Supporting elements may be arranged inside and/or outside expandable members for supporting the sensors or other devices attached to the array. For example, as in the embodiment shown in FIG. 1, an internal ribbon cable or flexible board 5 could be arranged within an expandable member. The internal ribbon cable or flexible board could be attached to interior walls of the expandable member. Sensors or other devices 7 could be arranged on or in connection with the internal ribbon cable or flexible board. The embodiment shown in FIG. 1 also includes an auxiliary sensor 9. This device could serve as a hub when unrolling the array. The hub may provide room for a sensor larger than what can within the coiled array. The hub mounted device may become a point sensor upon completion of the array expansion.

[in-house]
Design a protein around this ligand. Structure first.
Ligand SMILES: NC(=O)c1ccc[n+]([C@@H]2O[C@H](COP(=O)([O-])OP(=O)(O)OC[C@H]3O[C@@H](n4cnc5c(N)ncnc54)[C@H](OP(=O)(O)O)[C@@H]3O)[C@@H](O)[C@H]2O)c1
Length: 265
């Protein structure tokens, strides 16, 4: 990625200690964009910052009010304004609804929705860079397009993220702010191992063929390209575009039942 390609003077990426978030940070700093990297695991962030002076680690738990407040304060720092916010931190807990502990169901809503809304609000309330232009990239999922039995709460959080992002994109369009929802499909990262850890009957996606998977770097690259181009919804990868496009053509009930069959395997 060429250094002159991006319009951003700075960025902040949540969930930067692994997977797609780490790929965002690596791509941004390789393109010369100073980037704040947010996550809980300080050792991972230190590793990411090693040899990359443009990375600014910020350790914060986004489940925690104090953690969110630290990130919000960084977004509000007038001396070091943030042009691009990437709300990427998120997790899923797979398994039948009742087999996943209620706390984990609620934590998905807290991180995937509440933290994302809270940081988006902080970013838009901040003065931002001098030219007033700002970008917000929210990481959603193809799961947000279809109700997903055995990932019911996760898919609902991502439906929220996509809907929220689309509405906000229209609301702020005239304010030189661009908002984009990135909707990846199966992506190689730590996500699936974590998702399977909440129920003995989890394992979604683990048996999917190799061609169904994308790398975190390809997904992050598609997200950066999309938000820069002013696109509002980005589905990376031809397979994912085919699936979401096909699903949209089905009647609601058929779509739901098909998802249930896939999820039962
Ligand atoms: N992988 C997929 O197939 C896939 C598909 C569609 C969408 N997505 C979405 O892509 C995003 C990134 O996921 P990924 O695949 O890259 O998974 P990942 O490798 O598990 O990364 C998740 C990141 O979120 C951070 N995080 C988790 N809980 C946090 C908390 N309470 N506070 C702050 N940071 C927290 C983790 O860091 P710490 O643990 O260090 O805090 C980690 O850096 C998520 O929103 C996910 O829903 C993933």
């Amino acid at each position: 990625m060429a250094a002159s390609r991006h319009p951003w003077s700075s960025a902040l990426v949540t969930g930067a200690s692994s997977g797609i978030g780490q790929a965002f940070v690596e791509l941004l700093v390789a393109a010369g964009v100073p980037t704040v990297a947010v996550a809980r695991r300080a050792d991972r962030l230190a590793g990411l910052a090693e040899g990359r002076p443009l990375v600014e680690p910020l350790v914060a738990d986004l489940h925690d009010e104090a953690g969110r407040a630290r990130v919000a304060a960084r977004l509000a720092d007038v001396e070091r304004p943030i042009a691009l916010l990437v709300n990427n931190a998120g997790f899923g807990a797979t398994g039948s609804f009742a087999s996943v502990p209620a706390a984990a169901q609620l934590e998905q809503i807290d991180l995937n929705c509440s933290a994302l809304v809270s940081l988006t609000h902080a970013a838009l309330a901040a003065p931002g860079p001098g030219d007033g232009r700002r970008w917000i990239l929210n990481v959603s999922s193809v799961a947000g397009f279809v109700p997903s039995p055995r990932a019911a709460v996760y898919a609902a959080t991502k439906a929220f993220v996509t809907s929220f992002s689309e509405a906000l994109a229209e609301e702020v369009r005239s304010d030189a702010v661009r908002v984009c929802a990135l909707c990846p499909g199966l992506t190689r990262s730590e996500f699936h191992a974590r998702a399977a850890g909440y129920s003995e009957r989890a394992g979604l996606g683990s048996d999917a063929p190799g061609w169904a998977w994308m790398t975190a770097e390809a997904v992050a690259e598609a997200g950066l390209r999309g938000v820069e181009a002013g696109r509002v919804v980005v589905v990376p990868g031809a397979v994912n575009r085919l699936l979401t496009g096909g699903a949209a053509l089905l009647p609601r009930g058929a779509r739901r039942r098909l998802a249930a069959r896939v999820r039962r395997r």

The sensors may be operatively connected to each other with a wired or wireless connection. Similarly, the sensors may be operatively connected to a processor or some other controller with a wired or wireless connection. If the connections among the sensors and between the sensors and a processor are wired, the wired connections may also be arranged on the internal cable, ribbon cable or flexible board. The sensors and wired connections could be attached in any manner, such as with adhesive, soldering, clips or other mechanical means, or any other suitable means. FIG. 2 illustrates a plurality of cables 13 operative to connect the sensors to each other.
Sensors may be attached to the exterior of the expandable members, embedded in the surface, and/or arranged anywhere within the interior of the expandable members.
The present invention may include a controller. The controller may be arranged on the array and/or remote from the array. For example, the controller may be arranged on a ship, a platform, and/or other element. The controller(s) may control operation of the sensors, expansion of the array, and/or any other function. Any suitable controller, such as a microcomputer, may be employed. The controller(s) will be operatively connected to the sensors, inflation means, and/or any other element that the controller(s) controls.